There’s nothing quite like staring at a blank page, knowing that with a few strokes of the keyboard you will transform a landscape devoid of life into a living, breathing thing of your own creation. There’s also nothing quite like finishing that fourth cup of coffee only to find that same blank page staring back at you.
Sure, you may have typed several sentences — or maybe even the same sentence several times — in hopes of gaining some kind of momentum to carry you over that first hump, but the cursor repeatedly stalls out in the same spot, leaving you with the same blank page after riding the “delete” button back to the beginning.
Hey, that’s why it’s called a “cursor.”
I’ll be honest. I don’t necessarily subscribe to the notion of writer’s “block,” which suggests some kind of blockage — such as a cheese wedge or too many butter biscuits — restricting movement through a hypothetical colon of creativity. Although there are some books in print that offer evidence to support at least part of the colon theory, I prefer to think of the writing process as cells in a battery; when they are fully charged, things start easily. But if the alternator belt slips too much or the terminals get corroded, you end up without enough juice to turn the engine. Because we are writers and not mechanics, and because that last sentence exhausted the full extent of my automotive knowledge, I will sum up my analogy with this: When your battery is low, you get a jump, right?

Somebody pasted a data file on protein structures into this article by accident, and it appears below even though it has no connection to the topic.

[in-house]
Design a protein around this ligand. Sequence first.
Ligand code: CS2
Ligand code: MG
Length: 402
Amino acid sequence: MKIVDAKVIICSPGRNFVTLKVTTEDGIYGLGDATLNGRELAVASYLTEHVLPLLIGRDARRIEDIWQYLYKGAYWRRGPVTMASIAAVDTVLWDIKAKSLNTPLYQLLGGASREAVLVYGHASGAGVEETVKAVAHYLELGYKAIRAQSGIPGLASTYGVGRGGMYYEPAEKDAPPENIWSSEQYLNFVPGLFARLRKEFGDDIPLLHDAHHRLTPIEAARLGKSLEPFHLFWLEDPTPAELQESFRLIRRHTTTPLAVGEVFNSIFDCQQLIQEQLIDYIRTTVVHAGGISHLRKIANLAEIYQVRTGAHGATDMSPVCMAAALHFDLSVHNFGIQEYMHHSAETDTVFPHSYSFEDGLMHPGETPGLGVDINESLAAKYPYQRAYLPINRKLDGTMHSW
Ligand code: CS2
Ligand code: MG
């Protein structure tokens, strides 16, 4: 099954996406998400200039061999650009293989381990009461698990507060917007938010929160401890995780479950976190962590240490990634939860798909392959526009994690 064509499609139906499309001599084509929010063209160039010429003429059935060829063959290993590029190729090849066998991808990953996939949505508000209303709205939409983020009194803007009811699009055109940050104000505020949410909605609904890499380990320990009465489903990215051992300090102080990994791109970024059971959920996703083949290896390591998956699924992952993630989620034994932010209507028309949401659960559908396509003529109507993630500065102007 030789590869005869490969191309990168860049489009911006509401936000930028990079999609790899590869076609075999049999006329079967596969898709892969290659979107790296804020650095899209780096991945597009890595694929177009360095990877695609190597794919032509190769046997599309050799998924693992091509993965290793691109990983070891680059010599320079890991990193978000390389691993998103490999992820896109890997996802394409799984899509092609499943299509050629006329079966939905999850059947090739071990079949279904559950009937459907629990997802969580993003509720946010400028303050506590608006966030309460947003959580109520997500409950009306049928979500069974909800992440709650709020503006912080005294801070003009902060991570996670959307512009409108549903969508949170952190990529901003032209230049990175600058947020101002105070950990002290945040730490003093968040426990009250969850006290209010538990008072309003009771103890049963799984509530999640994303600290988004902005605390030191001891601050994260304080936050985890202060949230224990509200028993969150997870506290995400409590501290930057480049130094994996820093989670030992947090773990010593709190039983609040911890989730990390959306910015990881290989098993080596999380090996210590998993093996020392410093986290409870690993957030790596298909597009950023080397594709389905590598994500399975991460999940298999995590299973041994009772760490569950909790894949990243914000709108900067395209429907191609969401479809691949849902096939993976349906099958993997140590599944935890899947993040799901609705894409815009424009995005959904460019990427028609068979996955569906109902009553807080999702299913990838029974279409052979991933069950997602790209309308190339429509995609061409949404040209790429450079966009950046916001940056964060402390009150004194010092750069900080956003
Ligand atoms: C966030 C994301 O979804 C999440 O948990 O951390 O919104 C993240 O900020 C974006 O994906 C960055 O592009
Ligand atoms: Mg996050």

Writing is no different.
That being said, I have been asked by my lawyer to clarify that this does not mean anyone should actually hook jumper cables to their ear lobes or mamilla and ask a friend to crank the engine. For those of you living in Arkansas who have already done this for reasons of your own, you can back me up on this. The rest of you will just have to take my word for it.
Obviously, just as there are plenty of reasons to avoid lending your jumper cables to anyone from Arkansas, there are lots of reasons your creativity may need a jump start once in a while. Whether it be from a lack of sleep or a hangover, to distractions, worries or even injury — possibly involving jumper cables — here are a few ways to get your creative engine cranking. But before we get to that, there is one more automotive reference we need to address: